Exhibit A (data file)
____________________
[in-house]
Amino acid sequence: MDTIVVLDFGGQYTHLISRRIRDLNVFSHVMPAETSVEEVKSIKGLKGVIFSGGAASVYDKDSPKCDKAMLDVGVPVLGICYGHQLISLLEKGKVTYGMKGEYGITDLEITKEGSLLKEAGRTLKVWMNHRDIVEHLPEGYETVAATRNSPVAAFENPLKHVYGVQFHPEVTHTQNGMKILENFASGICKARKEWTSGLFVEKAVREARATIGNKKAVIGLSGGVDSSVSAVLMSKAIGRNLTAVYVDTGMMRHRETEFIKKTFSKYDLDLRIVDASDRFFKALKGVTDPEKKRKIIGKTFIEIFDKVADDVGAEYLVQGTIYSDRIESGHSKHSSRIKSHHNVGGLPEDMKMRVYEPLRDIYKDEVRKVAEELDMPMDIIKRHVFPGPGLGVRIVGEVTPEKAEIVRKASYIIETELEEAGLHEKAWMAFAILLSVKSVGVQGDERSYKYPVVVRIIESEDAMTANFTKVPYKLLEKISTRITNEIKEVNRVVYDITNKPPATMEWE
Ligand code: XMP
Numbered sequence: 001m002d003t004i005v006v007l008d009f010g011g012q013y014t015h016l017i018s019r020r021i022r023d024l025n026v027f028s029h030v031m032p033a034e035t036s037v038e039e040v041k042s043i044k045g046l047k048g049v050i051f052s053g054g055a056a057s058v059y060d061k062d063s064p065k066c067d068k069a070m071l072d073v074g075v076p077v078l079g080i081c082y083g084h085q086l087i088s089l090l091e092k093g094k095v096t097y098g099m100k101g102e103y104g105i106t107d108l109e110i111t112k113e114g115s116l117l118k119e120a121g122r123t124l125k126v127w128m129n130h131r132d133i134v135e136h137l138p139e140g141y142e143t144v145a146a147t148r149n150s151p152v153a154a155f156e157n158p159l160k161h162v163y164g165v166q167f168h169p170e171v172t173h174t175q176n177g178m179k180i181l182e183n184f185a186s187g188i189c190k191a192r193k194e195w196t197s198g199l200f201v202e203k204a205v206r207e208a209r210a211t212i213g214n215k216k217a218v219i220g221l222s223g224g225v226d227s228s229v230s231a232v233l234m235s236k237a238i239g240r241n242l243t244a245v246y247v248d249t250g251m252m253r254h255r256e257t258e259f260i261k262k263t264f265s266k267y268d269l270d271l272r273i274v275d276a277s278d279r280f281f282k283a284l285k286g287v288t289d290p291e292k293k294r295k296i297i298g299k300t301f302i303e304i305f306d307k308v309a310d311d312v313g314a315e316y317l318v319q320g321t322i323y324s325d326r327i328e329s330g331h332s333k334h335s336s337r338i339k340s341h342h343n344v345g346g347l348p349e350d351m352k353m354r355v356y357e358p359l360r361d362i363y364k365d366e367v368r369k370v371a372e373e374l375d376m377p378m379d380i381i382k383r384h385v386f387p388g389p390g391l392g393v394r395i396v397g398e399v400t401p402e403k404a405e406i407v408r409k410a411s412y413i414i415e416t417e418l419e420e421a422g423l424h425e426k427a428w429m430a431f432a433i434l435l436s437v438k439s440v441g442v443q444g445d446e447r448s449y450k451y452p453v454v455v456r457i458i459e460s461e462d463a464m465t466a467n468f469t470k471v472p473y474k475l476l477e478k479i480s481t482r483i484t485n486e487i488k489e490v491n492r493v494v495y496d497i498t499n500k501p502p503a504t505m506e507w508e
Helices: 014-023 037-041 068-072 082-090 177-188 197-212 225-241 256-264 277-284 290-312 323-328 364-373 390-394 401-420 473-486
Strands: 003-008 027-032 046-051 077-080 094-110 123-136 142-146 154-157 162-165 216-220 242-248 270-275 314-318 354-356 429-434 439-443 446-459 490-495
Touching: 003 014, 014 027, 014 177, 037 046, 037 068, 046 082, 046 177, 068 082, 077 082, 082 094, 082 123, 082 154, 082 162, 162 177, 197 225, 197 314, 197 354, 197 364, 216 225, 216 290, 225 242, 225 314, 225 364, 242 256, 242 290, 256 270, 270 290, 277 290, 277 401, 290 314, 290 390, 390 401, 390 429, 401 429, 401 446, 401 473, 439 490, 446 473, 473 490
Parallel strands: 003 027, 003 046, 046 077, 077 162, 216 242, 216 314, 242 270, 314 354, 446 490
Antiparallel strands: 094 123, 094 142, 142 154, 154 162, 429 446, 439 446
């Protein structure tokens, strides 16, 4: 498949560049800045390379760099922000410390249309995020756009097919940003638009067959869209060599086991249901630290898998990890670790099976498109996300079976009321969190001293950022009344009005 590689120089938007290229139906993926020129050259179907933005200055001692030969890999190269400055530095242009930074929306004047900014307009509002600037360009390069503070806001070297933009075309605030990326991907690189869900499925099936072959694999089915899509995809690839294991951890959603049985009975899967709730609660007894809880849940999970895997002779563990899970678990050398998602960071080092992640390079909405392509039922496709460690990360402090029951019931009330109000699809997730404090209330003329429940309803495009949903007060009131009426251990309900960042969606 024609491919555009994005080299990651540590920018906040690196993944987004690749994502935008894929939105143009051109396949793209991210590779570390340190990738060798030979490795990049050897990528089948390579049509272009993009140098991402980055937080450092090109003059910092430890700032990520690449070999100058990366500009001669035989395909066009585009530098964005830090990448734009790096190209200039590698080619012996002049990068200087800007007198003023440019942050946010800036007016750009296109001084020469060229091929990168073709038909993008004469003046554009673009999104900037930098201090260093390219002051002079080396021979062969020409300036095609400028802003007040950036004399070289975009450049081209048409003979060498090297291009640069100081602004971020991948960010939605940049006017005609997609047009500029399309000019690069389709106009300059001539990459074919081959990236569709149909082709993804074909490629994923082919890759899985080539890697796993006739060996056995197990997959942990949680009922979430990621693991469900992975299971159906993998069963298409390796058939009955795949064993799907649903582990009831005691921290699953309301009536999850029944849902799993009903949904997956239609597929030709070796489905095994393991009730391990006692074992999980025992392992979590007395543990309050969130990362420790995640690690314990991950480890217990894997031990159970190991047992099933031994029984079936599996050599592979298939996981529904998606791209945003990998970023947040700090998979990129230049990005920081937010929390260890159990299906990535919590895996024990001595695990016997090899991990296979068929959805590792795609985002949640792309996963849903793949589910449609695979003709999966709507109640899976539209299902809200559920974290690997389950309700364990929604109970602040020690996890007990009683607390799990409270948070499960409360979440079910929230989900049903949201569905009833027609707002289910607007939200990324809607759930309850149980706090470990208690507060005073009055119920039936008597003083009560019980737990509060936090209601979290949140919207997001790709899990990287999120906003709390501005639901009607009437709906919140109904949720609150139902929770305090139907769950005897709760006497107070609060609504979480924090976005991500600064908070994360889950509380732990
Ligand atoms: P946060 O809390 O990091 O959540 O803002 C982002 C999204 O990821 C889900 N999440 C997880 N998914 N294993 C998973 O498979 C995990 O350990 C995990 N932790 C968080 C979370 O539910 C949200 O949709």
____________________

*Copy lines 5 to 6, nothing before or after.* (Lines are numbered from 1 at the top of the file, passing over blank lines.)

Helices: 014-023 037-041 068-072 082-090 177-188 197-212 225-241 256-264 277-284 290-312 323-328 364-373 390-394 401-420 473-486
Strands: 003-008 027-032 046-051 077-080 094-110 123-136 142-146 154-157 162-165 216-220 242-248 270-275 314-318 354-356 429-434 439-443 446-459 490-495